Women diagnosed with incomplete and delayed miscarriage are faced with three options for their subsequent management: expectant, medical or surgical. Health-care practitioners must empower patients to make educated decisions about their own management by providing them with sufficient information in a readily understandable format. This can be difficult both for the patient and the staff in what is often an understandably, highly emotional situation. Detailed counselling is an essential part of the process as psychological outcomes have been shown to be improved when women feel in control of the decision-making process. In this article, we discuss each of the treatment options in detail, and explore how the type of miscarriage influences their relative success rates. We also consider the comparative risks of bleeding, infection, side effects of drugs, pain scores and quality-of-life scores associated with each method through evidence derived from systematic reviews, meta-analyses and randomised controlled trials.
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http://dx.doi.org/10.1016/j.bpobgyn.2009.01.014DOI Listing
August 2009

Defining endometrial growth during the menstrual cycle with three-dimensional ultrasound.

BJOG 2004 Sep;111(9):944-9

School of Human Development, University of Nottingham, Queens Medical Centre, East Block, Nottingham NG7 2UH, UK.

Objective: To define the changes in endometrial morphometry that occur during the normal menstrual cycle and to examine the discriminatory power of volumetric analysis over conventional two-dimensional measurements in quantifying the effect of compounding factors on endometrial growth.

Design: The design was that of a longitudinal observational study. Subjects were seen on an alternate-day basis until ovulation and then every four days until the next menstrual period.

Setting: A University teaching hospital.

Population: Thirty women with regular cycles and acceptable "normal", menstrual patterns.

Methods: Three-dimensional ultrasound data were acquired and subsequently analysed by a single observer.

Main Outcome Measures: Endometrial thickness and volume.

Results: Both endometrial volume and thickness increased significantly during the follicular phase (P < 0.001), reaching a plateau around the time of ovulation and remaining relatively stable throughout the luteal phase. These changes in endometrial thickness and volume were highly correlated (R(2)= 0.767; P < 0.001). Parity was associated with a significantly greater endometrial volume than nulliparity (4.159 vs 2.234 cm(3); P < 0.05).

Conclusions: This study has defined the relative and absolute changes in endometrial growth, both in terms of thickness and volume, throughout the normal menstrual cycle. These data provide a reference for future three-dimensional studies investigating menstrual disorders, pathophysiological change and subfertility.
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http://dx.doi.org/10.1111/j.1471-0528.2004.00214.xDOI Listing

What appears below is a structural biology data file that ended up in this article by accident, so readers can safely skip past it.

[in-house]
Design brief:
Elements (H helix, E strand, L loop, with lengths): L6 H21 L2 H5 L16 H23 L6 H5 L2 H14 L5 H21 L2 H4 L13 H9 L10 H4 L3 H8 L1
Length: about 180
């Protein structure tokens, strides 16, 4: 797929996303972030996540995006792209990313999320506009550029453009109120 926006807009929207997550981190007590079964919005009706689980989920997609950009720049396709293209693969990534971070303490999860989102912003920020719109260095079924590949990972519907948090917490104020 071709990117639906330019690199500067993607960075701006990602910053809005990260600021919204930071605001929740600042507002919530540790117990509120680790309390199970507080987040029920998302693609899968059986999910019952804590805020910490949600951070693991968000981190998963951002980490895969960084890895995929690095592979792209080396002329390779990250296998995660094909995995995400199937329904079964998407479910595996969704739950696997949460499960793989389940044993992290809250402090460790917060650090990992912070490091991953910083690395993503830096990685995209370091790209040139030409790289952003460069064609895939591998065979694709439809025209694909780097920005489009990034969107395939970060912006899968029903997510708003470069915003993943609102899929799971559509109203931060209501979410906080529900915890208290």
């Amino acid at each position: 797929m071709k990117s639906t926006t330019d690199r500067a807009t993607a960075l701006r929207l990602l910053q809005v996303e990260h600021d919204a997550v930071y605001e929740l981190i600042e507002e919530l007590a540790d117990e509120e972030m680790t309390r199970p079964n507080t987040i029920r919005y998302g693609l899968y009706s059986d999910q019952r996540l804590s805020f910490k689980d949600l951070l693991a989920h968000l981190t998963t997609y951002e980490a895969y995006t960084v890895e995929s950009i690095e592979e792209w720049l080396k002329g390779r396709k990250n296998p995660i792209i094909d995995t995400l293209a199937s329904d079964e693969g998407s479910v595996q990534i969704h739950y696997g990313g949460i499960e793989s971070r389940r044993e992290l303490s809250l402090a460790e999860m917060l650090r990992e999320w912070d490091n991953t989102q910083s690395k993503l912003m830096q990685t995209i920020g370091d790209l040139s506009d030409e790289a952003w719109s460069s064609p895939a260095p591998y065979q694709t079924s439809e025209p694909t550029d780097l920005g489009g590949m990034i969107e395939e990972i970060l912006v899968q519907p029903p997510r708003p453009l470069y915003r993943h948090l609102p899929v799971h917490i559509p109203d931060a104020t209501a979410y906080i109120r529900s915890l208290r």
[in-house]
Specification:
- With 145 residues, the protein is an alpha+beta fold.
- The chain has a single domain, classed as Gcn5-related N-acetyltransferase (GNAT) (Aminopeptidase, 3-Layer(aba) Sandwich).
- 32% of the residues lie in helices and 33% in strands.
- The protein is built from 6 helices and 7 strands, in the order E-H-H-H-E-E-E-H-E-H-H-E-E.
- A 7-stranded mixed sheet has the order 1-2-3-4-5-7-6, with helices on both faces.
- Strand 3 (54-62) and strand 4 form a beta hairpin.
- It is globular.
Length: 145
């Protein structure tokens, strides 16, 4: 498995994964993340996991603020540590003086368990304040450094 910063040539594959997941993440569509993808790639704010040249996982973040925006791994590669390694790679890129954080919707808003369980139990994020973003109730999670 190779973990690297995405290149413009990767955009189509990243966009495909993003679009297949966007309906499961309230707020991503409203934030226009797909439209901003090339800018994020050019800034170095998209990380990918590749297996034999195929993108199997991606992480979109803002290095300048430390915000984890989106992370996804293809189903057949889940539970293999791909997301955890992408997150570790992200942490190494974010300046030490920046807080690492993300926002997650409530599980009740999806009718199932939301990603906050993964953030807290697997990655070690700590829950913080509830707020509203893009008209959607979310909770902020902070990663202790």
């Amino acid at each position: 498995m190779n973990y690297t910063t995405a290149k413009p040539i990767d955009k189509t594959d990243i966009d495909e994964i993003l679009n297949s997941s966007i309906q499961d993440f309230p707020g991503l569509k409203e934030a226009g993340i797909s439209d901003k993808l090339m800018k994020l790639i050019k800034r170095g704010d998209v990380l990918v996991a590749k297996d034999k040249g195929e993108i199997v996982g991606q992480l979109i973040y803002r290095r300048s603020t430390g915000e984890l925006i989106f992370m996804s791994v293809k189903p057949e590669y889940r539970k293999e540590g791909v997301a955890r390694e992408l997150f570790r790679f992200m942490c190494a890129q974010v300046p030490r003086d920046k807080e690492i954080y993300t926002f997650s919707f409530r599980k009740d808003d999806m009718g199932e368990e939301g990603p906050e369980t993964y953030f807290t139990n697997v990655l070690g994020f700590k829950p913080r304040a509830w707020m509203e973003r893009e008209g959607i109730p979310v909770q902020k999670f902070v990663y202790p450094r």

September 2004

Skin aging and menopause : implications for treatment.

Am J Clin Dermatol 2003 ;4(6):371-8

Academic Division of Reproductive Medicine, University of Nottingham, Nottingham, UK.

The skin is one of the largest organs of the body, which is significantly affected by the aging process and menopause. The significant changes sustained by the skin during the menopause are due to the effect sustained on the skin's individual components. The estrogen receptor has been detected on the cellular components of the skin. Accordingly, dermal cellular metabolism is influenced by the hypoestrogenoemic state of menopause leading to changes in the collagen content, alterations in the concentration of glycoaminoglycans and most importantly the water content. Consequently changes in these basic components leads to an alteration in function compatible with skin aging. Changes in the skin collagen leads to diminished elasticity and skin strength. Collagen content may be measured by various methods such as direct skin biopsy, skin blister assessment for collagen markers and skin thickness measurement. All these variables indicate a reduction in collagen content following menopause. This may be reversed with the administration of estrogen given both topically and systemically.A reduction in hydrophilic glycoaminglycans leads to a direct reduction in water content, which influences the skin turgor. These effects on glycoaminoglycans, due to the hypoestrogenia, have been clearly shown in animal studies and appeared to be rapidly reversed with the application of estrogens. The sum total of these basic effects on the skin leads to wrinkles, the skin condition typifying skin aging.Structures resident in the skin are likewise influenced by menopause. Changes to the cutaneous vascular reactivity are noted following menopause. Capillary blood flow velocity decreases significantly in postmenopausal women. Postmenopausal flushing is due to profound vasodilatation in the dermal papillae. Hair growth is also influenced by the hormonal milieu and consequently hair loss has been associated with the beginning of menopause. Treatments administered for menopause, in particular hormone replacement therapy, appear to alter its effects on the basic components of the skin as well as the more complex structures residing in the skin, consequently retarding the skin aging process.
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http://dx.doi.org/10.2165/00128071-200304060-00001DOI Listing
October 2003